What about the grain-fed versus grass-fed beef issue? Confession time: the meat in the pictures here was grain-fed. Conventional all the way. Gotten from the regular ol’ meat case in the regular ol’ supermarket. (Go ahead, call the food police. Maybe one of them will be a hot guy and he’ll bring a grill with him.) I mainly eat grass-fed, but I’m not a saint. The big difference to account for when grilling a grass-fed steak is that it’ll be slightly less “forgiving.” You might have to cook it for less time. But that’s a good thing: if you’re concerned about the quality of your meat, why would you want it well done? Ick. Why bother with the good stuff if you’re going to destroy it? With grass-fed, I’d say medium is about as far as you want to go, and even that’s pushing it. Medium rare sounds good (if you're too scared to go for full-on rare, that is).
Worried about eating rare or medium-rare meat? Don’t be. This is why I ended up overcooking steaks in the past. Then I found out the golden secret of steak: In terms of food safety, as long as you sear the outside, you’re good to go. Red meat (which is muscle tissue, remember) is so dense that the bad food buggies don’t make their way all the way into it. They stay on that outer surface. So cooking the outside until there’s that nice, brown crust, while leaving a tender pink inside is actually the perfect way to get ‘er done. Note: this is not true of seafood or poultry. You can eat raw fish if you trust the source (a la sushi or properly seared tuna that’s raw inside), but you don’t want to mess with undercooked poultry or pork. That being said, even the USDA has revised its safe cooking temperatures for pork (scroll all the way down in that link), basically admitting that their previous minimum temp was a good way to take perfectly delicious meat and dry the hell out of it. There's a vast chasm of deliciousness separating tender, juicy pork and trichinosis, so stop making pork chops you can sand wood with.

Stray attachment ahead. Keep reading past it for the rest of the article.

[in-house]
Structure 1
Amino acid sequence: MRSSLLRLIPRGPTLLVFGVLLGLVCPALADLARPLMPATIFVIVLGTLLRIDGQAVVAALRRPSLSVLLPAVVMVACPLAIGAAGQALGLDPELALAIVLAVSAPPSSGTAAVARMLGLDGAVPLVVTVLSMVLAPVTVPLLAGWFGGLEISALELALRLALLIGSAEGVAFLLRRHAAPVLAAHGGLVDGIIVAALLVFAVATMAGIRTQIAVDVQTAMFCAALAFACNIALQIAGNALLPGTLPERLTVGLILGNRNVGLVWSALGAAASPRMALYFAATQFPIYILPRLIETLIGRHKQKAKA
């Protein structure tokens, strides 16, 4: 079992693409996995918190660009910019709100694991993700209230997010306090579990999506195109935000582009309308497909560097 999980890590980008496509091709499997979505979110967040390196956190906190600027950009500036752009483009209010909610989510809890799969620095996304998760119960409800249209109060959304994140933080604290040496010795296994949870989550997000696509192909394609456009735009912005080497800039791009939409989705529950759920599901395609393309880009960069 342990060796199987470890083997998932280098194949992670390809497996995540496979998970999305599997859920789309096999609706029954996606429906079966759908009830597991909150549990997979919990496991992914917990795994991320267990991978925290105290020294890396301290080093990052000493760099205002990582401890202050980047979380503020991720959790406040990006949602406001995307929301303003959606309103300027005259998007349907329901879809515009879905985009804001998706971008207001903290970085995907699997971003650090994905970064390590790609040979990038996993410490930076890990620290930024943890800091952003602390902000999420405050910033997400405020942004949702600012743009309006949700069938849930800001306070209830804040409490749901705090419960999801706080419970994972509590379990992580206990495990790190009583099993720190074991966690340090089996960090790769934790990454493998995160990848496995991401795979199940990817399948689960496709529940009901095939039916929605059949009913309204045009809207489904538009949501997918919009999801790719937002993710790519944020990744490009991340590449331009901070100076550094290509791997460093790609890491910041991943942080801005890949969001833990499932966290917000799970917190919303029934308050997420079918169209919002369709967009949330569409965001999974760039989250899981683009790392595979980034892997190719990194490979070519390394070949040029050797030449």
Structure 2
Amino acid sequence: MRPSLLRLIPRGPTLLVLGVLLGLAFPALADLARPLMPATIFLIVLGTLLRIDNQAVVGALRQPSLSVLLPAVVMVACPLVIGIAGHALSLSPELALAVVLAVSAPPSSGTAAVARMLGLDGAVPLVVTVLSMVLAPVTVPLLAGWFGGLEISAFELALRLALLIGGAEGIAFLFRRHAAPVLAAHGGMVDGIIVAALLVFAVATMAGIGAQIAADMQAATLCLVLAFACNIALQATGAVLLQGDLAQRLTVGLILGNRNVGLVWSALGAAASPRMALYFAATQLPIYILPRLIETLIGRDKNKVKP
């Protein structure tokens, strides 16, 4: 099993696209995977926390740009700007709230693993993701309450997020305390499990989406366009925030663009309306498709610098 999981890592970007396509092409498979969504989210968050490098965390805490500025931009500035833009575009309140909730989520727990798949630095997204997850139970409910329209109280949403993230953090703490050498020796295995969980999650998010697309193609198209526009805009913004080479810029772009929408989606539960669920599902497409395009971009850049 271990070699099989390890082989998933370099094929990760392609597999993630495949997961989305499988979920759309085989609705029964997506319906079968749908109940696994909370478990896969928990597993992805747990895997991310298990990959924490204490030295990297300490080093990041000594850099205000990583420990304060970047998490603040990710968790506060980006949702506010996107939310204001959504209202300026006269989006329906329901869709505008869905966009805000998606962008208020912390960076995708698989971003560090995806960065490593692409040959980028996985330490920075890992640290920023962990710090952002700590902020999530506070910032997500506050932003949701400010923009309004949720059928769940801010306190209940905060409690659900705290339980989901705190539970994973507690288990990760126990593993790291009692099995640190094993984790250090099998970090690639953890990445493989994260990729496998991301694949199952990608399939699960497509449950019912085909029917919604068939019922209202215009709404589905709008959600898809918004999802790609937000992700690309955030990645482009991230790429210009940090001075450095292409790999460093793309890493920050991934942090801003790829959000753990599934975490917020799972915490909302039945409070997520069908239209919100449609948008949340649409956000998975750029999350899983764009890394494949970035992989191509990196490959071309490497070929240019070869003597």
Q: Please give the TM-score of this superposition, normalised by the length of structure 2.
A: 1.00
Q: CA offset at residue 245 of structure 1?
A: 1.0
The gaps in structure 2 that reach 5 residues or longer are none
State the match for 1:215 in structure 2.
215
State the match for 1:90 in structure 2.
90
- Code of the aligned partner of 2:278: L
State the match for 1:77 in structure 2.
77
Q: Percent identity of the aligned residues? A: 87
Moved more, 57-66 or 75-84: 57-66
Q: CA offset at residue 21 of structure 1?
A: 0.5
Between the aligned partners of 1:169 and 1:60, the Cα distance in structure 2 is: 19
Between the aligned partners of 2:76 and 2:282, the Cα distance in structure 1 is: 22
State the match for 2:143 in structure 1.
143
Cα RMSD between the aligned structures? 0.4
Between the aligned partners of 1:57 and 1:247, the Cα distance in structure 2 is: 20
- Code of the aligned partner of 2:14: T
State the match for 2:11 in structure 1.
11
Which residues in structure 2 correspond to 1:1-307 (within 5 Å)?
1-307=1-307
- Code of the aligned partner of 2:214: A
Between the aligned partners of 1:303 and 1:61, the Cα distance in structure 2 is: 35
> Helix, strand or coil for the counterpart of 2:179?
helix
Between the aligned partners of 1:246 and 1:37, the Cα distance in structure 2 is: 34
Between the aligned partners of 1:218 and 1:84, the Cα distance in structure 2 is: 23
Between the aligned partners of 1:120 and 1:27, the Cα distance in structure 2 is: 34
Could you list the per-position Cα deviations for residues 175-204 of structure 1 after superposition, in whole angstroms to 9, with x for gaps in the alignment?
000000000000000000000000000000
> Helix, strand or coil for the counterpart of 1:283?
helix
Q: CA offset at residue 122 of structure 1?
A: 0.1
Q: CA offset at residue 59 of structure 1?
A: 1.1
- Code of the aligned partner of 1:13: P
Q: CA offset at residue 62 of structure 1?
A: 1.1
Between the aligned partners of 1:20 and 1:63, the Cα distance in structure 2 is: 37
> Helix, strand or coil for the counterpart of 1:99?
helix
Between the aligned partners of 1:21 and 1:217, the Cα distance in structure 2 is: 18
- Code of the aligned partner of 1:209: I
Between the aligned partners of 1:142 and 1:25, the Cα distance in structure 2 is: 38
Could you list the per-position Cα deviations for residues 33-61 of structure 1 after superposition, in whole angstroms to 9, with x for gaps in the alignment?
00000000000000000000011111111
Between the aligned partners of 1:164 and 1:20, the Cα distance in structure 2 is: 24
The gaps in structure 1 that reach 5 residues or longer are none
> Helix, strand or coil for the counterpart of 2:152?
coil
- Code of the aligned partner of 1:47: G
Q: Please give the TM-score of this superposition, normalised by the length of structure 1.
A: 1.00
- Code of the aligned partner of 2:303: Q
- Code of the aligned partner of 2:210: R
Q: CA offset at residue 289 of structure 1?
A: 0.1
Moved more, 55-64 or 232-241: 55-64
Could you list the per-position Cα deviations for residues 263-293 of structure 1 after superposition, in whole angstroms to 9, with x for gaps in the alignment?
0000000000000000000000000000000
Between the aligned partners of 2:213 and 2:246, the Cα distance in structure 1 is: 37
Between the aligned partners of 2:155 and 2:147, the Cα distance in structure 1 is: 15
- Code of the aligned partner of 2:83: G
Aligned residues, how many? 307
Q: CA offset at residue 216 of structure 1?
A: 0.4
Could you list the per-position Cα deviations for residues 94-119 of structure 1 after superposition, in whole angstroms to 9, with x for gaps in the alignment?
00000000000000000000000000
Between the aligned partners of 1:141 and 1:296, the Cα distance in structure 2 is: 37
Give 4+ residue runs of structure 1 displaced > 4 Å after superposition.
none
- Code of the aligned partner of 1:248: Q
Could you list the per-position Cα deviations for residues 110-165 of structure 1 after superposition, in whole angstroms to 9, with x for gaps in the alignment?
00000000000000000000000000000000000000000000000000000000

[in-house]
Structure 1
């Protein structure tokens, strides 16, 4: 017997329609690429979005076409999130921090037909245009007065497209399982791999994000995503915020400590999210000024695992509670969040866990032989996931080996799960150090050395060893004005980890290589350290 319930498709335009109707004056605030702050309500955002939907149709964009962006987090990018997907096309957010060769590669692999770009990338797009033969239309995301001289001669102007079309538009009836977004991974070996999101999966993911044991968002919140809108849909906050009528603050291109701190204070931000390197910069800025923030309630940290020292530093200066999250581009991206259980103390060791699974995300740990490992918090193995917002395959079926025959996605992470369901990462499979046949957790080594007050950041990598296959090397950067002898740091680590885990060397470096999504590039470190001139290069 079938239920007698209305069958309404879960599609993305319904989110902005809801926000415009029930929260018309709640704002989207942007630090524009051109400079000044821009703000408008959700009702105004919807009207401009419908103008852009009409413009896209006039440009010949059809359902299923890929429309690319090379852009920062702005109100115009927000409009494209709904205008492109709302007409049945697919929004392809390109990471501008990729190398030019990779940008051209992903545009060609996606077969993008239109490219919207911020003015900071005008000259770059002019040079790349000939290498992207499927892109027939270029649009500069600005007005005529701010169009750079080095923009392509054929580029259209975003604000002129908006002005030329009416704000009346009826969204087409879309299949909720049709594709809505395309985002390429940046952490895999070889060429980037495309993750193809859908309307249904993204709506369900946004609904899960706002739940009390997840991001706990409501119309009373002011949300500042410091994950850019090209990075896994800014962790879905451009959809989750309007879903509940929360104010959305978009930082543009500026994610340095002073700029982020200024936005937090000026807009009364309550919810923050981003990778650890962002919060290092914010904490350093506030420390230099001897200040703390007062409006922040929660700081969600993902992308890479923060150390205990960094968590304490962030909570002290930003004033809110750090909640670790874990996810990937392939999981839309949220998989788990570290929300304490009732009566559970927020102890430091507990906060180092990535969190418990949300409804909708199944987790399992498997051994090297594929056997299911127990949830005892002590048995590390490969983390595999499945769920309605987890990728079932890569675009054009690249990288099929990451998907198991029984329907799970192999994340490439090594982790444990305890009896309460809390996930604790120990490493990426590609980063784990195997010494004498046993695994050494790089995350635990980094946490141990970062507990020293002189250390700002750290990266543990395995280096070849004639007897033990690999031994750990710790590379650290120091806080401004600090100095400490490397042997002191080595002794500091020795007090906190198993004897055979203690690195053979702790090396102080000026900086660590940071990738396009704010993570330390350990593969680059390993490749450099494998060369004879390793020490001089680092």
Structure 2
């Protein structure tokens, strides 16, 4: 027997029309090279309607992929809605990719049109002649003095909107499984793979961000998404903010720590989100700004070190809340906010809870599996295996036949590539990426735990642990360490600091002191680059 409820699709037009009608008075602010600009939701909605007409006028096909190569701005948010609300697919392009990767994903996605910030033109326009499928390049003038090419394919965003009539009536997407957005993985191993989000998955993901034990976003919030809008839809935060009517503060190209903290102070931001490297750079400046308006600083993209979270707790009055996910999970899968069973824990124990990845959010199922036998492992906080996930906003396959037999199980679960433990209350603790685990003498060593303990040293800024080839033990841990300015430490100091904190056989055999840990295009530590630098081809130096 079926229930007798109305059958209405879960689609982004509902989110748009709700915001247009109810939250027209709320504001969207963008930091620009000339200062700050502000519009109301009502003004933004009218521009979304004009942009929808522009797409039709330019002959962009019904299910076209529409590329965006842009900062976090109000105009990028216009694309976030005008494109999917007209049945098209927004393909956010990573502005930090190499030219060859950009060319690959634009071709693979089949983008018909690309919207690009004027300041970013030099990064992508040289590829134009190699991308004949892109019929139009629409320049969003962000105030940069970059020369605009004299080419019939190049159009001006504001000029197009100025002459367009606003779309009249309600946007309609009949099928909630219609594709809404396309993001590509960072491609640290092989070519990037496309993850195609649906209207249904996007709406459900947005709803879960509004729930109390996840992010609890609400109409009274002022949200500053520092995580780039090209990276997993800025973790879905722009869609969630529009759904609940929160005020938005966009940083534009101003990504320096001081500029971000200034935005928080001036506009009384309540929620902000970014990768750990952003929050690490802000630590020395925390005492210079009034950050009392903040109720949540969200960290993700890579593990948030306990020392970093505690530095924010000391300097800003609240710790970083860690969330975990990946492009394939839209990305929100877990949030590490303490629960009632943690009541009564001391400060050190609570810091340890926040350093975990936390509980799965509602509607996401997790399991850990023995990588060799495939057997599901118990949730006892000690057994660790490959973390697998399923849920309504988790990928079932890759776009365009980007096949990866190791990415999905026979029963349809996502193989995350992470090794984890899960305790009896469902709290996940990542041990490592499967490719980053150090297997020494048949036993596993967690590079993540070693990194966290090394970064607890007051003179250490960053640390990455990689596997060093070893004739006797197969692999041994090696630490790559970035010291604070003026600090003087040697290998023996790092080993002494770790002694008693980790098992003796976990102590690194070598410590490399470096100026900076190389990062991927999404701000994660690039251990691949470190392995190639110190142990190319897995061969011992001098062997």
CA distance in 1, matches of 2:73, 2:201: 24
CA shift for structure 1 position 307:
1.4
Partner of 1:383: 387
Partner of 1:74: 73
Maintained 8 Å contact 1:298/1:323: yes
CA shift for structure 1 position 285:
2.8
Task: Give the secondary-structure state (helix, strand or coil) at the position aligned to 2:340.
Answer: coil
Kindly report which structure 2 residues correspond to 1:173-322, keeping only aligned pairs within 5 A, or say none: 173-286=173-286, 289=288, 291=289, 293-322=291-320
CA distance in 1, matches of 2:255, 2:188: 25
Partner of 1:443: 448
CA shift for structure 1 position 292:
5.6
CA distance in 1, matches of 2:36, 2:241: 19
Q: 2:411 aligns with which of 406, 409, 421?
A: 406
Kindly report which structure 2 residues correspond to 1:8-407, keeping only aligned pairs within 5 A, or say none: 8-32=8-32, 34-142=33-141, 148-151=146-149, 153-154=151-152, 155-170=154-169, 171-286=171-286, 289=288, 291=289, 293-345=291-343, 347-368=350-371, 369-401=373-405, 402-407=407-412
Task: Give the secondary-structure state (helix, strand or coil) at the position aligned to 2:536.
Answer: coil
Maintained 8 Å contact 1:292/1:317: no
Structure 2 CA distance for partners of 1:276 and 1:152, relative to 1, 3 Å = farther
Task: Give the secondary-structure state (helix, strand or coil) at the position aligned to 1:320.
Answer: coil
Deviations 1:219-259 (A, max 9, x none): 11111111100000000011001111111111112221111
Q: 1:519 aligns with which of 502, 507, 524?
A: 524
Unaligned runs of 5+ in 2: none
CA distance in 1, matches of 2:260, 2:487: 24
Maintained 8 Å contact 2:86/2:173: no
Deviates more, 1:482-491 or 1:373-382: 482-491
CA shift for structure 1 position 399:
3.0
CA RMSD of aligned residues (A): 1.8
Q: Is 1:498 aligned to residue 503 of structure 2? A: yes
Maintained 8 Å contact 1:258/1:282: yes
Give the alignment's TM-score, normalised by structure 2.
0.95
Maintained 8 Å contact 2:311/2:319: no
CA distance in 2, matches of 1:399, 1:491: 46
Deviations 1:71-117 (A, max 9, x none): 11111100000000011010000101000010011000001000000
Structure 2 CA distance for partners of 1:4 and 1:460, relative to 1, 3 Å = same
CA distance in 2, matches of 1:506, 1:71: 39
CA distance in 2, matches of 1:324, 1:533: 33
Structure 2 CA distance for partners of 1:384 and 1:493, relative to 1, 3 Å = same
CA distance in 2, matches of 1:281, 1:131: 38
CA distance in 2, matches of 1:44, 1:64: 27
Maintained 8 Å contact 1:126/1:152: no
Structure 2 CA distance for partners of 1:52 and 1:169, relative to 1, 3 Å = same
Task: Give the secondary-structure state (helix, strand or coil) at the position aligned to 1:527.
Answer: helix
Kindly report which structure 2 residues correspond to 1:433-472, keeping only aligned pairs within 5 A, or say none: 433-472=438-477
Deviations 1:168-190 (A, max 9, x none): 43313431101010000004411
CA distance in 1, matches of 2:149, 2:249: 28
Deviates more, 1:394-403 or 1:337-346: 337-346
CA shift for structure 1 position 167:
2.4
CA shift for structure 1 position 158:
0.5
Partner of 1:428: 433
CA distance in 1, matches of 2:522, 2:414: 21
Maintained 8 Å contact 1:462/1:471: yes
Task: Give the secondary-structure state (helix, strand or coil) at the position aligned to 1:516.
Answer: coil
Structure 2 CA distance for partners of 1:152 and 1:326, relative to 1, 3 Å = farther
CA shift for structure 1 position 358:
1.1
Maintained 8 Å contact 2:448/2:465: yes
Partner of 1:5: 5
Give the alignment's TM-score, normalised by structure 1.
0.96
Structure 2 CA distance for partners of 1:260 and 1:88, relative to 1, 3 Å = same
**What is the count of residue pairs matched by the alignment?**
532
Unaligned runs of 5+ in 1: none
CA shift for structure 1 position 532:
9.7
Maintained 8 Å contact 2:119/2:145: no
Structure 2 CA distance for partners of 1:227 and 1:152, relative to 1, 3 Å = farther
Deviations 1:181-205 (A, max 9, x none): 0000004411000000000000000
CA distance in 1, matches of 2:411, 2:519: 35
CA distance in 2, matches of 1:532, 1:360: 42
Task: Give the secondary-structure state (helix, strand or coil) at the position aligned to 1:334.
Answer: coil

A little fat in the pan, some salt and pepper, and a hit of vinegar. Good, delicious, home cooked food done simply. The only other things you need are a glass of red wine and someone nice to share it with.
P.S. Here are my defrosting tips. I do not like using the microwave to defrost meat. Invariably the outside starts cooking while the inside is still frozen solid. No joy there. What has worked for me my entire life—and please note, I have never gotten sick from this—is leaving the package on the counter overnight. By morning, it’s completely defrosted. If I plan to cook whatever it is for dinner, I just stick it in the fridge when I wake up so it’s not sitting out all day. Even though it’s been sitting out overnight, it’s been at room temperature for a very short time. (Remember, for the majority of those hours it was frozen, semi-frozen, and then just damn cold. Food-borne buggies generally multiply when stuff is warm. [Hence all the picnic potato salad phobia.] But also please remember what I said above: I ain’t no parasitologist. Prepare and consume food at your own risk.) And when I say to leave it on the counter overnight, please do leave it on or in something else, like a larger dish or bowl, rather than directly on the counter, in case any juices leak out of the package. I’ve done this with steaks, ground meat, chicken breasts, frozen sausages…just about everything. Never had a problem. I’ve even defrosted things overnight, then put them in the fridge for a few days before cooking and still never had a problem. Perhaps I’ve inherited my father’s iron stomach, but I also think they’ve made us terrified of foodborne pathogens the same way they’ve made us afraid of raw milk and raw eggs, both of which I’ve consumed with—you guessed it—no problem.
If you’re in a jam and need to defrost something quickly, feel free to use the mic if you’ve mastered the technique. If not, you can let something frozen sit in hot water for a while. Works like a charm, but it takes a few minutes, and you might have to change the water a couple of times when it starts to cool off.